Reaching a record-setting total
Nearly 25,000 lifesaving kidney transplants were performed last year.
Despite challenges presented by an ever-changing pandemic, generous donors and their families contributed to a record-setting number of kidney transplants in 2021. On average, 68 people received a new kidney, and an opportunity to live without dialysis, each day in 2021.
24,669 kidneys were transplanted, including:
5,970 from living donors, people who chose to donate a kidney to help a loved one or a stranger in need
576 from a spouse or life partner
400 from anonymous donors
8 from one identical twin to another
This increase in kidney transplants follows March 2021 kidney and pancreas policy changes that aimed to increase equity in access to transplant. Data monitoring shows these policies have helped increase the number of kidney transplants across all populations.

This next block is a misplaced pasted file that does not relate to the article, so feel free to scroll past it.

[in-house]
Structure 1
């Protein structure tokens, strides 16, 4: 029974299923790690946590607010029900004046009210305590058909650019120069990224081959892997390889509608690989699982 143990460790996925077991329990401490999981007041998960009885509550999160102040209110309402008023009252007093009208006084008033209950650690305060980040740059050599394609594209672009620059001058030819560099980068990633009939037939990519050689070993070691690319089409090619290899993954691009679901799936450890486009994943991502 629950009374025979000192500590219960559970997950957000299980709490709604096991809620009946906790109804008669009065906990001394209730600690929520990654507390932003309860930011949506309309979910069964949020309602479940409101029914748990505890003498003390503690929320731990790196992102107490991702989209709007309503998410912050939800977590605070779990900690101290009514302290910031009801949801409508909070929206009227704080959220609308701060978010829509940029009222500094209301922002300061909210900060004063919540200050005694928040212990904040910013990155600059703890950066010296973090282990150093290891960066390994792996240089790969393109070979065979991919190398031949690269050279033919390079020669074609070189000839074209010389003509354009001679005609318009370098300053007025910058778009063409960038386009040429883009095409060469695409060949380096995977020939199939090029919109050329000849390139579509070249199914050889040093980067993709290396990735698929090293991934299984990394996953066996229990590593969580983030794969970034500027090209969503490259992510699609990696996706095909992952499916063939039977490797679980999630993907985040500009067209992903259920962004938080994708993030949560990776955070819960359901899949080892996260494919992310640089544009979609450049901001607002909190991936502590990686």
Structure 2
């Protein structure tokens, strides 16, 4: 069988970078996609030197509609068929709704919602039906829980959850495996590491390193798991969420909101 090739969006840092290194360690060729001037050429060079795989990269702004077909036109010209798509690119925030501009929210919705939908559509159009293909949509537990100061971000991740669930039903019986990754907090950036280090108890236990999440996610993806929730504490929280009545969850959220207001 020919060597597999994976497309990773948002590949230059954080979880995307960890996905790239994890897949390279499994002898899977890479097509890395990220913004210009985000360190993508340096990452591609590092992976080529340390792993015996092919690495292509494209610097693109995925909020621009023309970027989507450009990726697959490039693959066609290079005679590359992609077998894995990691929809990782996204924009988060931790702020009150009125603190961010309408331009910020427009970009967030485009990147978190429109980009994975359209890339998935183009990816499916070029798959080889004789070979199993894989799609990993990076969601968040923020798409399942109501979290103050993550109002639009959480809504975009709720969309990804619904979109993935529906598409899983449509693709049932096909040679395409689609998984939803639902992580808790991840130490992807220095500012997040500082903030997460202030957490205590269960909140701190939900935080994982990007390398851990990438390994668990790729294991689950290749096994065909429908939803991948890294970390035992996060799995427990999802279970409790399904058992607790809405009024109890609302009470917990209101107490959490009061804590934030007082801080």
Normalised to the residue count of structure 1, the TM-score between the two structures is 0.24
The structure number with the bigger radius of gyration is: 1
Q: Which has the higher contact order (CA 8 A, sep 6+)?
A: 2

March is National Kidney Month. The National Institute of Diabetes and Digestive and Kidney Diseases (NIDDK) estimates that 37 million Americans may have chronic kidney disease, and 90% of those people are not aware that they need treatment. Read more about National Kidney Month and how to build paths to better kidney care.
How do we track policy success?
We look at the data.
Kidney transplant volumes up 31% for patients on dialysis*
New milestone reached in kidney donation and transplant
For the first time, more than 25,000 kidney transplants were performed in a single year
New animation for patients explains the lung Composite Allocation Score (CAS)
New patient-friendly video explains the factors that will determine lung allocation in the continuous distribution framework.
Another record year for heart transplants: Steep increases seen in DCD transplants in 2022
February is American Heart Month
More than 15,000 liver transplants performed in first two years of acuity circles policy
Two-year monitoring shows many states had volume changes within 10 percent of previous policy.